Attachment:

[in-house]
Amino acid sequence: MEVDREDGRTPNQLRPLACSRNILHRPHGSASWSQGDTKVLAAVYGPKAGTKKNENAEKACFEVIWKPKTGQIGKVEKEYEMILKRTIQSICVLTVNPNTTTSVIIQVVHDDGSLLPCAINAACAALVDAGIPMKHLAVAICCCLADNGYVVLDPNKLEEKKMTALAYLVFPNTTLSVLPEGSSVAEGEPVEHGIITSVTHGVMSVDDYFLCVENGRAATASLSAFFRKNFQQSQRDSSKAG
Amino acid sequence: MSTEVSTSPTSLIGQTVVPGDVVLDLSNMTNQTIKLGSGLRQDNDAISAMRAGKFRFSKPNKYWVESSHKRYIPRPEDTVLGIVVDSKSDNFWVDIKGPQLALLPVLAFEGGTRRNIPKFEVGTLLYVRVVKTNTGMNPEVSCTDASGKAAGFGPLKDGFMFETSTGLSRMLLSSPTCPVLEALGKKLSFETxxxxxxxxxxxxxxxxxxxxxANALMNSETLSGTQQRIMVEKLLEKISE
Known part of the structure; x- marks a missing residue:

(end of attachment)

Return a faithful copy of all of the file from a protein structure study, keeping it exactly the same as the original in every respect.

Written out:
[in-house]
Amino acid sequence: MEVDREDGRTPNQLRPLACSRNILHRPHGSASWSQGDTKVLAAVYGPKAGTKKNENAEKACFEVIWKPKTGQIGKVEKEYEMILKRTIQSICVLTVNPNTTTSVIIQVVHDDGSLLPCAINAACAALVDAGIPMKHLAVAICCCLADNGYVVLDPNKLEEKKMTALAYLVFPNTTLSVLPEGSSVAEGEPVEHGIITSVTHGVMSVDDYFLCVENGRAATASLSAFFRKNFQQSQRDSSKAG
Amino acid sequence: MSTEVSTSPTSLIGQTVVPGDVVLDLSNMTNQTIKLGSGLRQDNDAISAMRAGKFRFSKPNKYWVESSHKRYIPRPEDTVLGIVVDSKSDNFWVDIKGPQLALLPVLAFEGGTRRNIPKFEVGTLLYVRVVKTNTGMNPEVSCTDASGKAAGFGPLKDGFMFETSTGLSRMLLSSPTCPVLEALGKKLSFETxxxxxxxxxxxxxxxxxxxxxANALMNSETLSGTQQRIMVEKLLEKISE
Known part of the structure; x- marks a missing residue: